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RE: Musicianship, live technique, etc...
While I definitely agree with you on your points and there certainly is
no shortage of overblown, ego inflated, crap in both art galleries and
record stores, I can't help but think that the best way to succeed as an
artist is to pursue your own voice. If you're successful in finding it,
your audience will find you ( I know that sounds like particularly
sentimental crap but think of artists like Richard Thompson or Robert
Fripp or Frank Zappa or David Torn).
Software Testing Engineer
Sent: Tuesday, March 04, 1997 8:04
To: Tom Attix
Subject: RE: Musicianship, live technique, etc...
>It's interesting to contrast these views as they relate
to music and how
>they relate to painting or drawing. I think if you
brought up the subject
>of audience's importance to most painters they would
give you a long
>questioning look, right after they finished laughing.
>receptivity is a problem for commercial artists, not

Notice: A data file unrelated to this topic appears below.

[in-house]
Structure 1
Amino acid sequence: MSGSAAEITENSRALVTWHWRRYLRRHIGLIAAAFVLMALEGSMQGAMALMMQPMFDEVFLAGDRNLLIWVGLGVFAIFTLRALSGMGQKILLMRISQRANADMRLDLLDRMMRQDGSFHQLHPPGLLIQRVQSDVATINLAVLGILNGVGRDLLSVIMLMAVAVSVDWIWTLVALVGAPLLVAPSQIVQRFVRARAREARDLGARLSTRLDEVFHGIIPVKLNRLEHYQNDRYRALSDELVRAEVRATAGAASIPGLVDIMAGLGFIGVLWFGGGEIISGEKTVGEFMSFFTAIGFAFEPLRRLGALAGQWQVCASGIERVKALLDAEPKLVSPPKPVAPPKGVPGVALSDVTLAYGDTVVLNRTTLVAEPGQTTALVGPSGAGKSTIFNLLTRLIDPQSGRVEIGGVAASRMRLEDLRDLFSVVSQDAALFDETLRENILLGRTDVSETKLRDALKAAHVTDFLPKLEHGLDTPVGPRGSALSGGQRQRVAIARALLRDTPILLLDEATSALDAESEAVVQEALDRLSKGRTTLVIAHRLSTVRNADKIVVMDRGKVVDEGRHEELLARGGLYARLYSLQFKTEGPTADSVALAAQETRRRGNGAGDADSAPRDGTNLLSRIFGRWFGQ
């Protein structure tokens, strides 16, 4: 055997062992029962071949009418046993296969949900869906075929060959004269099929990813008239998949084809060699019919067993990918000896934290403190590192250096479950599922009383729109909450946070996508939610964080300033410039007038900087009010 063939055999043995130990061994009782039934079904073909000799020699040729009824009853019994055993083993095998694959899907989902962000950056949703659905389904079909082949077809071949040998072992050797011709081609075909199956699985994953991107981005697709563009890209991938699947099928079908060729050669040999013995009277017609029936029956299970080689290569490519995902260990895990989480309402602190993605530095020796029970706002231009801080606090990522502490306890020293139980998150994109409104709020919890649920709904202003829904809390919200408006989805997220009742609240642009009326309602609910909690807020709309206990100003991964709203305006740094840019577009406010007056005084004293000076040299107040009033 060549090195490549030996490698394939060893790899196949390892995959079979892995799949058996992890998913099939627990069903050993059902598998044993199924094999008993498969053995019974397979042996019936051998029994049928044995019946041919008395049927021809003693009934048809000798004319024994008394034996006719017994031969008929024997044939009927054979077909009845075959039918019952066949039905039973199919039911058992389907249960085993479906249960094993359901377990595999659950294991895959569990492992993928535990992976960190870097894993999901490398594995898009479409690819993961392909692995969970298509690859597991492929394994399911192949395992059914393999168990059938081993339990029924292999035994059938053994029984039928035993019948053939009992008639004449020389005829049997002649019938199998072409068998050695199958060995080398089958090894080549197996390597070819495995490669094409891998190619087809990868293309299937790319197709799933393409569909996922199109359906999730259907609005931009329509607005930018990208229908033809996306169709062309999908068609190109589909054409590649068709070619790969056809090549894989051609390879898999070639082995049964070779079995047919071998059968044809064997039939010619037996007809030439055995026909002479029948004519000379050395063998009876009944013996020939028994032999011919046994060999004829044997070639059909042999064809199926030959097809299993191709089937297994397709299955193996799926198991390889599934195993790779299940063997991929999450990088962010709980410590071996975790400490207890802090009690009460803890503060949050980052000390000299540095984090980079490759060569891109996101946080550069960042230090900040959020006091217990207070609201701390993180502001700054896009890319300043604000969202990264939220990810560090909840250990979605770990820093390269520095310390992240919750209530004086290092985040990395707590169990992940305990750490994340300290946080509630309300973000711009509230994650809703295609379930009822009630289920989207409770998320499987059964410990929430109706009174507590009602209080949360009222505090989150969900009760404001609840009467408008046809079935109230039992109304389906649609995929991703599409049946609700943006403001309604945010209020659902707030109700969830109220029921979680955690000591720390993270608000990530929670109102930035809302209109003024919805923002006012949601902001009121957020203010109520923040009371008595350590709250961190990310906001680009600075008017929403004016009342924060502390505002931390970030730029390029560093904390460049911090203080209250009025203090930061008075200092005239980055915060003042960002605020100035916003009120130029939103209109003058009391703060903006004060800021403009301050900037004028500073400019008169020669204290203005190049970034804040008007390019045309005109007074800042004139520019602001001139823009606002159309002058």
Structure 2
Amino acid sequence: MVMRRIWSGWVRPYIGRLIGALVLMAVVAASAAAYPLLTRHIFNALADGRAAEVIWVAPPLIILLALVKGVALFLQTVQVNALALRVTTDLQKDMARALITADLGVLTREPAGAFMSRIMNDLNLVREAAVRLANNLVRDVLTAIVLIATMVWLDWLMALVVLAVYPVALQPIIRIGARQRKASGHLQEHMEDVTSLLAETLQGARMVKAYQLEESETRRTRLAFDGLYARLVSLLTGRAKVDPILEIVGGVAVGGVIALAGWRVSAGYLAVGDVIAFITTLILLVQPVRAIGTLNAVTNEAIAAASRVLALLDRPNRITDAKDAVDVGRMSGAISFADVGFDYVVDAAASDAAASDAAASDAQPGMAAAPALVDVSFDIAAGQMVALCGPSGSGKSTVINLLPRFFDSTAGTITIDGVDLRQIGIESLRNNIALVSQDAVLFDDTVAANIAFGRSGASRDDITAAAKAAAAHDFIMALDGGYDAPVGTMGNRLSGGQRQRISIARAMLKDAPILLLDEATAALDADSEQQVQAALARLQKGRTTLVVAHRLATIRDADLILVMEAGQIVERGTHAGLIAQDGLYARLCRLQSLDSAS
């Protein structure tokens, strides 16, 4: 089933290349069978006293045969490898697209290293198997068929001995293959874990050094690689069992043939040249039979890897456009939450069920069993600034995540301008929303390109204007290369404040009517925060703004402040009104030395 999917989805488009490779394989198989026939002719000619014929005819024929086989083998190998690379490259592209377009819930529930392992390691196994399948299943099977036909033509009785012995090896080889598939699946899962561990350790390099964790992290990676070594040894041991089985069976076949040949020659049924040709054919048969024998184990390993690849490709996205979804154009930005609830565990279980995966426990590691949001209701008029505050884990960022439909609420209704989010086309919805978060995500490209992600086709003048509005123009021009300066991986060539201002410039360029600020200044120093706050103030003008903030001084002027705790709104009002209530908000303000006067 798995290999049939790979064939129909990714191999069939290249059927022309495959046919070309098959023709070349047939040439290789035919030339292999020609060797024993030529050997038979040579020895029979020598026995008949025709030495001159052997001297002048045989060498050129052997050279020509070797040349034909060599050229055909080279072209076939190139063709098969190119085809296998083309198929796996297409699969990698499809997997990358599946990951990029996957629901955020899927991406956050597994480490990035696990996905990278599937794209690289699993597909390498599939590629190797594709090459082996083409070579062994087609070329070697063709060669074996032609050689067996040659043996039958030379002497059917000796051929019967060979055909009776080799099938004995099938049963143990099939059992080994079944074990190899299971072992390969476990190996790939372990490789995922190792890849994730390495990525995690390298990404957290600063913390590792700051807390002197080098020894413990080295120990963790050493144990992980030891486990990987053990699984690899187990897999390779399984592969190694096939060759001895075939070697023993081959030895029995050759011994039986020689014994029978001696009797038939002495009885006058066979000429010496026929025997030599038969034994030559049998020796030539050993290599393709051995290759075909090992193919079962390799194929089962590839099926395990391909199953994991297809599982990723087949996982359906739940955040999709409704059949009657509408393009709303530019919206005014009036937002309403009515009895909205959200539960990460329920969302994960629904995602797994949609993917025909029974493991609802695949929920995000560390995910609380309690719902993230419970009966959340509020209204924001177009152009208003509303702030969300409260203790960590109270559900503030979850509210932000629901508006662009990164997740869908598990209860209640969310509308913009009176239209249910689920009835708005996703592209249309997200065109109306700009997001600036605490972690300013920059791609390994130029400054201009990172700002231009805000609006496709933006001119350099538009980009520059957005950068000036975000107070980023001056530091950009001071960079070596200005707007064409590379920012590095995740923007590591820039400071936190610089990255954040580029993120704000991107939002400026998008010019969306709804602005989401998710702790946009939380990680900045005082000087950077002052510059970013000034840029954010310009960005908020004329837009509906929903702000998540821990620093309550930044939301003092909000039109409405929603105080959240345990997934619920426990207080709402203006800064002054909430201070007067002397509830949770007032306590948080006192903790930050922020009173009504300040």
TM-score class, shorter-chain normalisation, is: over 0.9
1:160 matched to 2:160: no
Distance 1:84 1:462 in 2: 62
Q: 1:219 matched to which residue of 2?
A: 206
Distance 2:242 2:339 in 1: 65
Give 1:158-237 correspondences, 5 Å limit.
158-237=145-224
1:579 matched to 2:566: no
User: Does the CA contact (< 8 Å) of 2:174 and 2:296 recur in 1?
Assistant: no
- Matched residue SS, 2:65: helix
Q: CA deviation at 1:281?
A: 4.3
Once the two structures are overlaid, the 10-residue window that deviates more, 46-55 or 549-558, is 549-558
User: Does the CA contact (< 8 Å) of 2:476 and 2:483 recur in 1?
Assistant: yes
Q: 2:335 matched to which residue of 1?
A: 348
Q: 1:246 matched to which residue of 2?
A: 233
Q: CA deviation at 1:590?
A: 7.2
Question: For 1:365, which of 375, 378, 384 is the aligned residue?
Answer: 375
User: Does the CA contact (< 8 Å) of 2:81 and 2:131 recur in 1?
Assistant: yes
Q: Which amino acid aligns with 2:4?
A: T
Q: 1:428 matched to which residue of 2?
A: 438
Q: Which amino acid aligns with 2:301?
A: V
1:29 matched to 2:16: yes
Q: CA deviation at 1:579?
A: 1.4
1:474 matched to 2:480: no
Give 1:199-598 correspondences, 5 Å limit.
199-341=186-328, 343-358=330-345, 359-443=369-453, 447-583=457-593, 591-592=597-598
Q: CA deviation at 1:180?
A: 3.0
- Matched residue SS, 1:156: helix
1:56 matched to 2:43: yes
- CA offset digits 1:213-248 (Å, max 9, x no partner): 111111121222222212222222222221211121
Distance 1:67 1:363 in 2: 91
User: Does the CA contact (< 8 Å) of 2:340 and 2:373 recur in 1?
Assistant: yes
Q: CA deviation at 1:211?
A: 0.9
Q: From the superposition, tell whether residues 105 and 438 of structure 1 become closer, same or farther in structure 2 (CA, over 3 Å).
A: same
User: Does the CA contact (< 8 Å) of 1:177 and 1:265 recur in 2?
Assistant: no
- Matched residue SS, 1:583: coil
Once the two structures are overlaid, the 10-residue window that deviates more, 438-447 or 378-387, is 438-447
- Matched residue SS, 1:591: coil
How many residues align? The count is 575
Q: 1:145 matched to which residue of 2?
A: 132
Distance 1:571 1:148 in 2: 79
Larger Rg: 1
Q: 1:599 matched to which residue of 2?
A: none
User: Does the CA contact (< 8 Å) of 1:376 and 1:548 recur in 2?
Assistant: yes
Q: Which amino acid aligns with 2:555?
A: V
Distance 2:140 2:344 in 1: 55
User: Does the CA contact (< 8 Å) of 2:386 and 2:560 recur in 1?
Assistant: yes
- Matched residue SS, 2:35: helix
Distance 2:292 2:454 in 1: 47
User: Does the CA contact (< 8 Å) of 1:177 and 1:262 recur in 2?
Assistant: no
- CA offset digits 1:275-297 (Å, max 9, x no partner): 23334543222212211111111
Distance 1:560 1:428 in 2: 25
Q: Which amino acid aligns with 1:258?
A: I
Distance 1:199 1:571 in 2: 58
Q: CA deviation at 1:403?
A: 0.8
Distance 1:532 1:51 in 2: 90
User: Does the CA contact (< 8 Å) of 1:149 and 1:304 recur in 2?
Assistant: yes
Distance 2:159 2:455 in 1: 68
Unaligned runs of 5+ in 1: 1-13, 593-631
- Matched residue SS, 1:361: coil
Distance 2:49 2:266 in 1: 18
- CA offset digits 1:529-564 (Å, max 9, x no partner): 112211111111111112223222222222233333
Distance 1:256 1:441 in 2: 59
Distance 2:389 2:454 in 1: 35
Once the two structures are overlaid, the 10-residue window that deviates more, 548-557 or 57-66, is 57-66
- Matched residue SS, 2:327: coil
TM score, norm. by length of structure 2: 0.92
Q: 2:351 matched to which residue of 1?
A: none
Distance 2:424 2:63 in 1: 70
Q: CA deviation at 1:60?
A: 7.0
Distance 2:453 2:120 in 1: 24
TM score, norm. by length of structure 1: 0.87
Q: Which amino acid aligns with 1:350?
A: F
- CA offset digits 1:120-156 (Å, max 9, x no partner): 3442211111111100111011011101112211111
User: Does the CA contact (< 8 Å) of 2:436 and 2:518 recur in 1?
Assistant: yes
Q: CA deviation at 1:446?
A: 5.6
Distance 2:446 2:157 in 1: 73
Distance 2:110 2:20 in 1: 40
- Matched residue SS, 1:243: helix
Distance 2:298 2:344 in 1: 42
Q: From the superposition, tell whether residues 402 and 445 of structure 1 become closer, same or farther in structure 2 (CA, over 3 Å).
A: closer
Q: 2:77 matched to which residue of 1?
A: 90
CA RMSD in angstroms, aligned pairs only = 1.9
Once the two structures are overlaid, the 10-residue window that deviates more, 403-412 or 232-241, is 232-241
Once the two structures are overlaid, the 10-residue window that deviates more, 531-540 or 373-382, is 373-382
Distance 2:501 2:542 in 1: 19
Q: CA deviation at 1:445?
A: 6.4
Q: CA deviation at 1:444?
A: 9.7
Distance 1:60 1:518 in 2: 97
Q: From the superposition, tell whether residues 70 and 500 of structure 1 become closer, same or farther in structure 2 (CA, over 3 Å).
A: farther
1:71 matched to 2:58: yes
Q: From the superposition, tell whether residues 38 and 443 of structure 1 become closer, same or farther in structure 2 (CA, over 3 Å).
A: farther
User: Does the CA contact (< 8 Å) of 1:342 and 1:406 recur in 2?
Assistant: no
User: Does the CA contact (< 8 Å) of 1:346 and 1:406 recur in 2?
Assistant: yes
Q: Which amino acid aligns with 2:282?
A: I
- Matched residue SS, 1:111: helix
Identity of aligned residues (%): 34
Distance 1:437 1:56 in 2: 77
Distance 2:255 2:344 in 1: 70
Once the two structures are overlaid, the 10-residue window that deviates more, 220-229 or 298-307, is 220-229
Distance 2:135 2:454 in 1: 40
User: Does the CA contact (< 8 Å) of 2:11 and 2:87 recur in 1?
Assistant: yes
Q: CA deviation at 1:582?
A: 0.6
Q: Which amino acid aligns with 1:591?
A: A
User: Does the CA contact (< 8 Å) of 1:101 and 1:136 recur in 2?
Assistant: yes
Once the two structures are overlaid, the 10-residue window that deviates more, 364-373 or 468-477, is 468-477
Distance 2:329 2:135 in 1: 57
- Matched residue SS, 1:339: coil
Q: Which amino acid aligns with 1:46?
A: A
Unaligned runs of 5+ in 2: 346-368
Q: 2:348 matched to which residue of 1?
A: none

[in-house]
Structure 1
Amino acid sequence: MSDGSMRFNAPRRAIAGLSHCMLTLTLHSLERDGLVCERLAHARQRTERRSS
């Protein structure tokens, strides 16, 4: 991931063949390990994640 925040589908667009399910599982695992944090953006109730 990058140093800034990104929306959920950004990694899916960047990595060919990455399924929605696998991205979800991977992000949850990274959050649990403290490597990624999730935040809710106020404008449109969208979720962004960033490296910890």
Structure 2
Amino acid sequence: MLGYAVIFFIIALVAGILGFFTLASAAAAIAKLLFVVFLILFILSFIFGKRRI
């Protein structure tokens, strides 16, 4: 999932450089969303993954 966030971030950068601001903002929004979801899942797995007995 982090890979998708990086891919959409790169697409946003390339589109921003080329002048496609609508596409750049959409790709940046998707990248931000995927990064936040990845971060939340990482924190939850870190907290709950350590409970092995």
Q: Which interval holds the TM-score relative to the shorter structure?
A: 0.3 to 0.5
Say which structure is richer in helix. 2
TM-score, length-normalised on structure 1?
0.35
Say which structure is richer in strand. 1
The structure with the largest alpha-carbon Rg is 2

"fine" artists. I'm
>pretty much on the fence, myself.
The problem is that there are artists with talent and
artists without. And often artists without talent will hide behind the
statement of "it's art". What I meant in my original statement is that,
whilst you don't necessarily need to play _at_ an audience, if you
expect to play to an audience (more than once!) it helps if they
actually like it, rather than the performer hiding behind hyperbole of
how it's an expression of an artist's inner soul.
>I figure if I don't like what I'm doing,
>nobody else will, either (although I've been proven
wrong on that
I think Allan Holdsworth regularly disproves that one!
Dr Michael Pycraft Hughes Bioelectronic Research
Centre, Rankine Bldg,
Tel: (+44) 141 330 5979 University of Glasgow,
Glasgow G12 8QQ, U.K.
"Wha's like us? Damn few, and they're a' deid!" -